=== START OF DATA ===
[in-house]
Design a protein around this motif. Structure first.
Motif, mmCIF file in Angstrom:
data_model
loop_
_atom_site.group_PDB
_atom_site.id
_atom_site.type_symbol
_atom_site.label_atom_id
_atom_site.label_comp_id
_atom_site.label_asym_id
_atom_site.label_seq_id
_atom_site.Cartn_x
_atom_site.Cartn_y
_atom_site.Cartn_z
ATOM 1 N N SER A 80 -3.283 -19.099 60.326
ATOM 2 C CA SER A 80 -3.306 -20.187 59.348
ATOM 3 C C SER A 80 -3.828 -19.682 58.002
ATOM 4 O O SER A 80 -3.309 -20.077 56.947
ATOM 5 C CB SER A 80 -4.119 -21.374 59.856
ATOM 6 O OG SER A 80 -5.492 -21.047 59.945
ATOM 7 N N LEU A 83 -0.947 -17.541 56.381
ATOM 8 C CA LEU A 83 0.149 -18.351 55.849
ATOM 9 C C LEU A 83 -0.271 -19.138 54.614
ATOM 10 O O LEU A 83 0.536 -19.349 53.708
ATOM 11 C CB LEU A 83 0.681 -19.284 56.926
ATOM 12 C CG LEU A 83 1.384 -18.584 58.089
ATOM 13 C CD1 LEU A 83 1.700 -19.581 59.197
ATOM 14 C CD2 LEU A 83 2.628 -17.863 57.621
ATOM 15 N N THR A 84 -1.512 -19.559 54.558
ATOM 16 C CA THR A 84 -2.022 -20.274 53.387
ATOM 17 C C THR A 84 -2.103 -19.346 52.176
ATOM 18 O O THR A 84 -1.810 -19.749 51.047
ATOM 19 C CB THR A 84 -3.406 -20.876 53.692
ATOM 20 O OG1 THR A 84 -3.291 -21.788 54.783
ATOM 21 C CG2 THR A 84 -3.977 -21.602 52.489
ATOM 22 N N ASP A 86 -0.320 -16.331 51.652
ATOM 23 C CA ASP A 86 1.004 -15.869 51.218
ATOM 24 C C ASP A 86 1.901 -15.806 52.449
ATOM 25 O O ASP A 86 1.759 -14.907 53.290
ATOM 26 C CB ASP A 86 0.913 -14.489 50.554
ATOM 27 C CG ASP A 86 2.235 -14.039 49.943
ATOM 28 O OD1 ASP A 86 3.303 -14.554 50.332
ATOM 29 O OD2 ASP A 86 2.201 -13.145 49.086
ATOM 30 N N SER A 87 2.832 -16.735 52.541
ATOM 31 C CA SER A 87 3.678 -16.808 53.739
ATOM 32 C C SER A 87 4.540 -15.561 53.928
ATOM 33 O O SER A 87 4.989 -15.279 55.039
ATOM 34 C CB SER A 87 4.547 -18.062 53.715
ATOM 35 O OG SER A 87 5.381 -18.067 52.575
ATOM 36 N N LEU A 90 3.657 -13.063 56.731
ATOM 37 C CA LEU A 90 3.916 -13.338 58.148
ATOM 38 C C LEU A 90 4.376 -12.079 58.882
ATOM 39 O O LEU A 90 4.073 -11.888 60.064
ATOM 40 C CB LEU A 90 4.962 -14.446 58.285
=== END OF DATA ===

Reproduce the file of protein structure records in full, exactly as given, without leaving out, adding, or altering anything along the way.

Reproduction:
[in-house]
Design a protein around this motif. Structure first.
Motif, mmCIF file in Angstrom:
data_model
loop_
_atom_site.group_PDB
_atom_site.id
_atom_site.type_symbol
_atom_site.label_atom_id
_atom_site.label_comp_id
_atom_site.label_asym_id
_atom_site.label_seq_id
_atom_site.Cartn_x
_atom_site.Cartn_y
_atom_site.Cartn_z
ATOM 1 N N SER A 80 -3.283 -19.099 60.326
ATOM 2 C CA SER A 80 -3.306 -20.187 59.348
ATOM 3 C C SER A 80 -3.828 -19.682 58.002
ATOM 4 O O SER A 80 -3.309 -20.077 56.947
ATOM 5 C CB SER A 80 -4.119 -21.374 59.856
ATOM 6 O OG SER A 80 -5.492 -21.047 59.945
ATOM 7 N N LEU A 83 -0.947 -17.541 56.381
ATOM 8 C CA LEU A 83 0.149 -18.351 55.849
ATOM 9 C C LEU A 83 -0.271 -19.138 54.614
ATOM 10 O O LEU A 83 0.536 -19.349 53.708
ATOM 11 C CB LEU A 83 0.681 -19.284 56.926
ATOM 12 C CG LEU A 83 1.384 -18.584 58.089
ATOM 13 C CD1 LEU A 83 1.700 -19.581 59.197
ATOM 14 C CD2 LEU A 83 2.628 -17.863 57.621
ATOM 15 N N THR A 84 -1.512 -19.559 54.558
ATOM 16 C CA THR A 84 -2.022 -20.274 53.387
ATOM 17 C C THR A 84 -2.103 -19.346 52.176
ATOM 18 O O THR A 84 -1.810 -19.749 51.047
ATOM 19 C CB THR A 84 -3.406 -20.876 53.692
ATOM 20 O OG1 THR A 84 -3.291 -21.788 54.783
ATOM 21 C CG2 THR A 84 -3.977 -21.602 52.489
ATOM 22 N N ASP A 86 -0.320 -16.331 51.652
ATOM 23 C CA ASP A 86 1.004 -15.869 51.218
ATOM 24 C C ASP A 86 1.901 -15.806 52.449
ATOM 25 O O ASP A 86 1.759 -14.907 53.290
ATOM 26 C CB ASP A 86 0.913 -14.489 50.554
ATOM 27 C CG ASP A 86 2.235 -14.039 49.943
ATOM 28 O OD1 ASP A 86 3.303 -14.554 50.332
ATOM 29 O OD2 ASP A 86 2.201 -13.145 49.086
ATOM 30 N N SER A 87 2.832 -16.735 52.541
ATOM 31 C CA SER A 87 3.678 -16.808 53.739
ATOM 32 C C SER A 87 4.540 -15.561 53.928
ATOM 33 O O SER A 87 4.989 -15.279 55.039
ATOM 34 C CB SER A 87 4.547 -18.062 53.715
ATOM 35 O OG SER A 87 5.381 -18.067 52.575
ATOM 36 N N LEU A 90 3.657 -13.063 56.731
ATOM 37 C CA LEU A 90 3.916 -13.338 58.148
ATOM 38 C C LEU A 90 4.376 -12.079 58.882
ATOM 39 O O LEU A 90 4.073 -11.888 60.064
ATOM 40 C CB LEU A 90 4.962 -14.446 58.285